Sunday, March 2, 2014

A Fryer's Remorse--Channa Batura

It must be the cold that makes me want to eat something fried. And I am not the only one who craves samosas, fritters, bhajias and papad. All requests made in that order. All these crisp brown tidbits do wonders for the mind but sadly not much else. This weekend I make fried fish, pork spring rolls and ardently start on Korean fried chicken wings. But a vestige of sense slithers into my brain and I decide to bake the wings instead. A much better option.. Healthier too!! And the wings taste just like the fried version according to Rehan!  And as Saturday winds down I put away the frying pan that has too much activity this week. 

Sunday morning brings ominous clouds, portentous signs of that dreaded white nemesis that has plagued us this winter. Shauna is loathe to leave a day earlier than she planned to. Safety versus snow isn't much of choice. So she sadly packs her bags. We are all disappointed, cheated out of twenty four hours with her. I quickly plan lunch. I know she wants channa bhatura, especially after seeing Nikita tucking into a plateful. It's not like she can walk into an Indian restaurant and order some, with her strong nut allergies and the inevitable cross contamination she has experienced on several occasions.  So like a good mother I aim to please.

I comb cupboards for a can of garbanzo beans with no luck. I have to settle for dried chickpeas that take an inordinately long time in spite of the efficient pressure cooker. Though that too-long interval allows me to put the bhatura dough together. The kitchen sings with spice. Chilies, cumin and dried mango flavor the chickpeas, along with one not-so-common ingredient. Bhaturas demand the frying pan, so out it comes from it's hiding place. I roll and Shauna fries big puffy pooris. Lunch pleases her!

Serves 4


4 cups cooked Chickpeas or Garbanzo beans
3 tablespoons Canola oil
2 small Onions
1 teaspoon Garlic paste
1 teaspoon Ginger paste
2 tablespoon Tomato paste
1 Teabag
1/2 teaspoon Chile powder
1/4 teaspoon Turmeric
1/2 teaspoon Garam masala 
1/2 teaspoon Amchoor (dried Mango powder)
1/2 teaspoon roasted Cumin powder
1 teaspoon Kosher salt
1 cup Water or more if needed
1/2 Onion, sliced thin
Cilantro to garnish


3 1/2 cups all purpose Flour
1/4 teaspoon Baking Soda
1/2 teaspoon Baking Powder
1/2 teaspoon Kosher salt
2 tablespoons Yogurt
1 cup Water
2 tablespoons Sugar
2 teaspoons melted Ghee
3 cups Canola oil for frying 
Flour for rolling pooris

To make the channa, start by chopping the onions into fine dice.

Heat canola oil in a saucepan.

Add onions to hot oil and stir till they are golden brown.

Add ginger and garlic pastes and sauté well.

Drop tomato paste into onion mixture and sauté to incorporate. Fry well for 3 to 4 minutes.

Open chickpea cans and rinse under cold water. 

Add chickpeas and teabag to onions.

Sprinkle chili powder, turmeric, Garam masala, amchoor, roasted cumin powder and salt. Stir well so the chickpeas get coated with masala.

Add water and let the beans come to a boil. Lower flame and let the beans simmer for 15 minutes. Stir occasionally.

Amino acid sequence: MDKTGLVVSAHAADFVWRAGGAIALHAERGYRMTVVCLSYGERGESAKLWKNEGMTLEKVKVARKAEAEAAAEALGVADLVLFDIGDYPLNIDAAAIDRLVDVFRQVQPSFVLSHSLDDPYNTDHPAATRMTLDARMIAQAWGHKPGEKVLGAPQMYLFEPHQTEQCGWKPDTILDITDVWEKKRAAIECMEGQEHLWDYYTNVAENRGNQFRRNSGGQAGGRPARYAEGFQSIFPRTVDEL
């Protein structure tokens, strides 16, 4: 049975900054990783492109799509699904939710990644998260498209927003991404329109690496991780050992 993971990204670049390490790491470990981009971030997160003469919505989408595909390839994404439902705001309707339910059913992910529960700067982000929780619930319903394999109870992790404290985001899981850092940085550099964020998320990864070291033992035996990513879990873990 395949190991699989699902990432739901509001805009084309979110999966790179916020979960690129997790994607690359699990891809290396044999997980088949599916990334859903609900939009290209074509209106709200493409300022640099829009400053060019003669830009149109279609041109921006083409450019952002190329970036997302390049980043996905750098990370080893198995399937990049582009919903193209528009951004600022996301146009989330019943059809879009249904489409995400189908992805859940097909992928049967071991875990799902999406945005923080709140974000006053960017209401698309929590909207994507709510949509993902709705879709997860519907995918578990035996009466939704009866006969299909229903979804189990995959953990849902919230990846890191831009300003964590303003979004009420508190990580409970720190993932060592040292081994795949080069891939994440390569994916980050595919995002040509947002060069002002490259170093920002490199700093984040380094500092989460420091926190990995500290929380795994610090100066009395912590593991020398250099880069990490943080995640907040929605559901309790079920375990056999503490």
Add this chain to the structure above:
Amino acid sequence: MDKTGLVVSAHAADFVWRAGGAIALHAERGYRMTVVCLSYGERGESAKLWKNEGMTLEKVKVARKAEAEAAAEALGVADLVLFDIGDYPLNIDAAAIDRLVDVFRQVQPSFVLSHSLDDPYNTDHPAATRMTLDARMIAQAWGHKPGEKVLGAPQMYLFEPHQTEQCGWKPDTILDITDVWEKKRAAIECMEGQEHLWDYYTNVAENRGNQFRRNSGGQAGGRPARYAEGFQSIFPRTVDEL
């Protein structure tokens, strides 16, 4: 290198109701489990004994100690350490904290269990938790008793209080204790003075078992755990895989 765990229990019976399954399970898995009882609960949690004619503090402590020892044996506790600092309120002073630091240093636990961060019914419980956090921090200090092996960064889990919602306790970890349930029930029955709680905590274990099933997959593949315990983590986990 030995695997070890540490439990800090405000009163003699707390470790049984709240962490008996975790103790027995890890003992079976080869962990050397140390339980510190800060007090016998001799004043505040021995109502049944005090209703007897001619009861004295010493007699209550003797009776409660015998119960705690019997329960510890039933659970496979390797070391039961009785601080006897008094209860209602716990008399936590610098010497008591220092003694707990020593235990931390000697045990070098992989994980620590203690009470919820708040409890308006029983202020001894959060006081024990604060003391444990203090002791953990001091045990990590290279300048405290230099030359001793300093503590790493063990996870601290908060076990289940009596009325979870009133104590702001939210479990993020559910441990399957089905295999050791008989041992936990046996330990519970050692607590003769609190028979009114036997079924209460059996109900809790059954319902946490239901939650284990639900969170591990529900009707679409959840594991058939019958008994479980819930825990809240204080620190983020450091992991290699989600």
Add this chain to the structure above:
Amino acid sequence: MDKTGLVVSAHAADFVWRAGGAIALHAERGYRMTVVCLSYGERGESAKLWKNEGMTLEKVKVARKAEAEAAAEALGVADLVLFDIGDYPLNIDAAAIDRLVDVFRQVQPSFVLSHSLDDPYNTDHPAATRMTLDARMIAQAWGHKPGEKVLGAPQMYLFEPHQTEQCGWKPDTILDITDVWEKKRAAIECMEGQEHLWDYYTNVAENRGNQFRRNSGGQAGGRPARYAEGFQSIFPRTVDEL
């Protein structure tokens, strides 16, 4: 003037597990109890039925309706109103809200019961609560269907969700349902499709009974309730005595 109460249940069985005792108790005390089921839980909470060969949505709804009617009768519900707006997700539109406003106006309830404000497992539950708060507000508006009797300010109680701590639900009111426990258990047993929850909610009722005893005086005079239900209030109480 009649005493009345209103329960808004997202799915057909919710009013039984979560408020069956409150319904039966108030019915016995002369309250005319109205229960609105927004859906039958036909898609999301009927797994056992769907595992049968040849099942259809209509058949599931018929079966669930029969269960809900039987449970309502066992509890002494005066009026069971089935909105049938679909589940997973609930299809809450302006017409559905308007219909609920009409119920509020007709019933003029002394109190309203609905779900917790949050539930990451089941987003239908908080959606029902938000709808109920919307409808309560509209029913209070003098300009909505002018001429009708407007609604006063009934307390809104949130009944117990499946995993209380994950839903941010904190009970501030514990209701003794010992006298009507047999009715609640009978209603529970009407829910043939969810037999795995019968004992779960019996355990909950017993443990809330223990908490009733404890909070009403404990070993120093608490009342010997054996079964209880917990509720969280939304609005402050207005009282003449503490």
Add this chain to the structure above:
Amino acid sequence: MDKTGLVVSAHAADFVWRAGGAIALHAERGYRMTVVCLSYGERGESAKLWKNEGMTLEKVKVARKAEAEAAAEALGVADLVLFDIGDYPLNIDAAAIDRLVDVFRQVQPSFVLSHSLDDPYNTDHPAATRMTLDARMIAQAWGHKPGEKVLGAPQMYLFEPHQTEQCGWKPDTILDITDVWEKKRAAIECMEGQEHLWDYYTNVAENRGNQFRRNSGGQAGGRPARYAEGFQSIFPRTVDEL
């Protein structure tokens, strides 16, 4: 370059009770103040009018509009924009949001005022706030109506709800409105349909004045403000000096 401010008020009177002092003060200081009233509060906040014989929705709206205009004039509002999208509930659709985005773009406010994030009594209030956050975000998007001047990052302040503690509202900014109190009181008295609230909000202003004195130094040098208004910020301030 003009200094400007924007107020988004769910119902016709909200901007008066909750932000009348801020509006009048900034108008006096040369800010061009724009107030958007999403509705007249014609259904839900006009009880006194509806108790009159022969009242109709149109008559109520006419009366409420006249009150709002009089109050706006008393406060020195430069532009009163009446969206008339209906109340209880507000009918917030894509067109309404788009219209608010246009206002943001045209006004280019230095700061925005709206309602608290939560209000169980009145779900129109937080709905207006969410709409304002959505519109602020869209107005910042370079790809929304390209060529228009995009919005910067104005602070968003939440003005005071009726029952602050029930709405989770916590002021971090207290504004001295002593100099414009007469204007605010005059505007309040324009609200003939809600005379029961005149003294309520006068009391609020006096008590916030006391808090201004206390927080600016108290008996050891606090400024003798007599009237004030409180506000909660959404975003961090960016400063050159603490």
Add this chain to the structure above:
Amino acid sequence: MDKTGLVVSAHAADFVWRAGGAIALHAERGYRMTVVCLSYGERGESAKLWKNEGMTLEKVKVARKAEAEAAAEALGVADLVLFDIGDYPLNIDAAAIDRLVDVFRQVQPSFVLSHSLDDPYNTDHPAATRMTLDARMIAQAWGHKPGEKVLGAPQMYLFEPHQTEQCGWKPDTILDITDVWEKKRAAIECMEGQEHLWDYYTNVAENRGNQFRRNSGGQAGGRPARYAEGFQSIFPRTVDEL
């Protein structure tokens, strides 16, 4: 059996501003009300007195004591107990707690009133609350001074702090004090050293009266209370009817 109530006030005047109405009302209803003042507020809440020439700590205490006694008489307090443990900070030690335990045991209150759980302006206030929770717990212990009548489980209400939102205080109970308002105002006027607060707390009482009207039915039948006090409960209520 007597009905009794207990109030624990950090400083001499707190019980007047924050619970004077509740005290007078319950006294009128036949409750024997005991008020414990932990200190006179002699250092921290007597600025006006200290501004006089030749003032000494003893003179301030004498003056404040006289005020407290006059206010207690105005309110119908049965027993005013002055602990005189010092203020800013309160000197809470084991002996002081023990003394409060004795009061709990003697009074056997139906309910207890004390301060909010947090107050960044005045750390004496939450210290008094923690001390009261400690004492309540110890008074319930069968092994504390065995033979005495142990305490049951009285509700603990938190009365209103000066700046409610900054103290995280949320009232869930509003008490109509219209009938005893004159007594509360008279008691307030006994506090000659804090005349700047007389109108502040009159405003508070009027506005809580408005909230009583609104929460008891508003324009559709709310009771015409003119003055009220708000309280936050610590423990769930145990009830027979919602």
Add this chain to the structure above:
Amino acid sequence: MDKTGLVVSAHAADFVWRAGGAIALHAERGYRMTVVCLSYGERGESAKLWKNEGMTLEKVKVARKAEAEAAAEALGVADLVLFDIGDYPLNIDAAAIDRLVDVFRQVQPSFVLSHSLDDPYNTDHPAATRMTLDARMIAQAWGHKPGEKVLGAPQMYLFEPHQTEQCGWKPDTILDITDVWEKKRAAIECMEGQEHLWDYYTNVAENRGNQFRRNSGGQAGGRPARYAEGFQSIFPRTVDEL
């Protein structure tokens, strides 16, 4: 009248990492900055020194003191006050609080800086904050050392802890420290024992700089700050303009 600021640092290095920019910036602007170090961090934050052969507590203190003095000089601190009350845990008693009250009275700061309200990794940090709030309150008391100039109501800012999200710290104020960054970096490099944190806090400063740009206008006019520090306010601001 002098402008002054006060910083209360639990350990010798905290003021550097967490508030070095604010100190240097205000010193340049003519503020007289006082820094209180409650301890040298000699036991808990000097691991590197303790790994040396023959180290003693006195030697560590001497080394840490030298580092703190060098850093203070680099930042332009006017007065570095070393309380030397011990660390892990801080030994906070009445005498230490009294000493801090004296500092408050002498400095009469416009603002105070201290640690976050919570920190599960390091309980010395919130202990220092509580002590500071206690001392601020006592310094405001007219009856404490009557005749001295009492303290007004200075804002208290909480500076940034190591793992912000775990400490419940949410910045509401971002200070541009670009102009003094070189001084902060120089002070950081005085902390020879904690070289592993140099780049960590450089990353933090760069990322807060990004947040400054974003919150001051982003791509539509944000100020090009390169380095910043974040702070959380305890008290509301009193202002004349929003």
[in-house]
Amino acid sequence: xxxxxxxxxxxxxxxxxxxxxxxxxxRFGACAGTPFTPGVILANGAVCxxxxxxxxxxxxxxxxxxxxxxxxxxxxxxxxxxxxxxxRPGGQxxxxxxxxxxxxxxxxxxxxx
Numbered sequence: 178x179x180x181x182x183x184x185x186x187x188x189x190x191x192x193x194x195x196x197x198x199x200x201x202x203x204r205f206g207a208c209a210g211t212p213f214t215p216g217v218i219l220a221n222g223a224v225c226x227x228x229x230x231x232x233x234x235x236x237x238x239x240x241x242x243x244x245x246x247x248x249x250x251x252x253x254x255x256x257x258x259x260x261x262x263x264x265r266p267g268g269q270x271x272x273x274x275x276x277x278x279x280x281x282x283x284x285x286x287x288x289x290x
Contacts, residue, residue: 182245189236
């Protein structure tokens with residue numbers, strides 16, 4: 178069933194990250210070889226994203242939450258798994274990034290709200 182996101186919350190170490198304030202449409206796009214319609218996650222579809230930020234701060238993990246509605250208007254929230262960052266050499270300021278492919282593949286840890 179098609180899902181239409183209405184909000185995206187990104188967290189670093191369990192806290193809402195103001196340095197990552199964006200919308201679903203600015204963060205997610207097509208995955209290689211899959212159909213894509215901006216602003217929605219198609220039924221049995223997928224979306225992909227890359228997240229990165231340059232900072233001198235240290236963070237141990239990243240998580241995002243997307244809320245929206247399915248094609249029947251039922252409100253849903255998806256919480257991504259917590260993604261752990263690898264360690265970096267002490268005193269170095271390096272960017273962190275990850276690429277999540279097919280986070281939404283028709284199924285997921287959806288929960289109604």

Remove the teabag before you serve the channa.

Bhatura dough can be made in a food processor. Put flour, baking soda and powder and salt in the bowl of the processor. 

Whisk yogurt, water and sugar in a bowl.

Start the processor and add the liquid to flour, pulsing often till the dough comes together. 

Take dough out of bowl onto a floured surface. Knead till dough is smooth.

Alternately if you do not have a processor, place the dry ingredients in a bowl. Slowly add the liquid and gently gather the flour together into a cohesive dough. Knead till smooth.

Cover dough with a damp cloth.

Let the dough rest for 10 minutes.

Knead melted ghee into dough one teaspoon at a time.

The dough is ready to roll into pooris

Take a knob of dough the size of a walnut. 

Flatten the dough and roll into a 4 inch size poori. Use flour as needed.

Roll out pooris in batches of 10 if you are a solo performer.

Set the frying pan with canola oil on a medium high flame.

Drop a tiny piece of dough into hot oil. The dough should sizzle immediately. If it takes a while then give the oil a few more minutes to heat up.

Add bhatura to oil and carefully bathe with hot oil. The bhatura should puff up like a poori. Fry on one side for 2 minutes. Flip and fry on the other side for a minute more. It will not be brown like a poori but take on a light amber shade.

You should have 25 to 30 bhaturas.

Serve bhaturas, warm channa and the sliced onions together.


I did not have any chickpea cans so I used dried ones. Cooking dry ones means soaking them overnight before cooking them. Since I didn't have that luxury, I used a pressure cooker. A pinch of baking soda along with dried beans, water and a long 30 minute cooking time was adequate.

Chickpeas soak up water so if the channa dries up just go ahead and add more water and adjust seasonings.

Amchoor is a dried mango powder available at most ethnic grocery stores. A large squirt of lime juice could suffice instead.

After all my recriminations, the return of the fryer causes much happiness. The bland, chewy bhatura is a perfect foil for the spicy channa. Cilantro and onion makes the perfect garnish, herbal and crispy. The heap of bhaturas is quickly demolished. Shauna loads her car. And the most important part of her baggage are two big freezer bags of leftovers!!!! I have happily emptied the contents of the fridge into those bags!! Before sheets of white coat the road, she is far away again. And the fryer goes into seclusion again.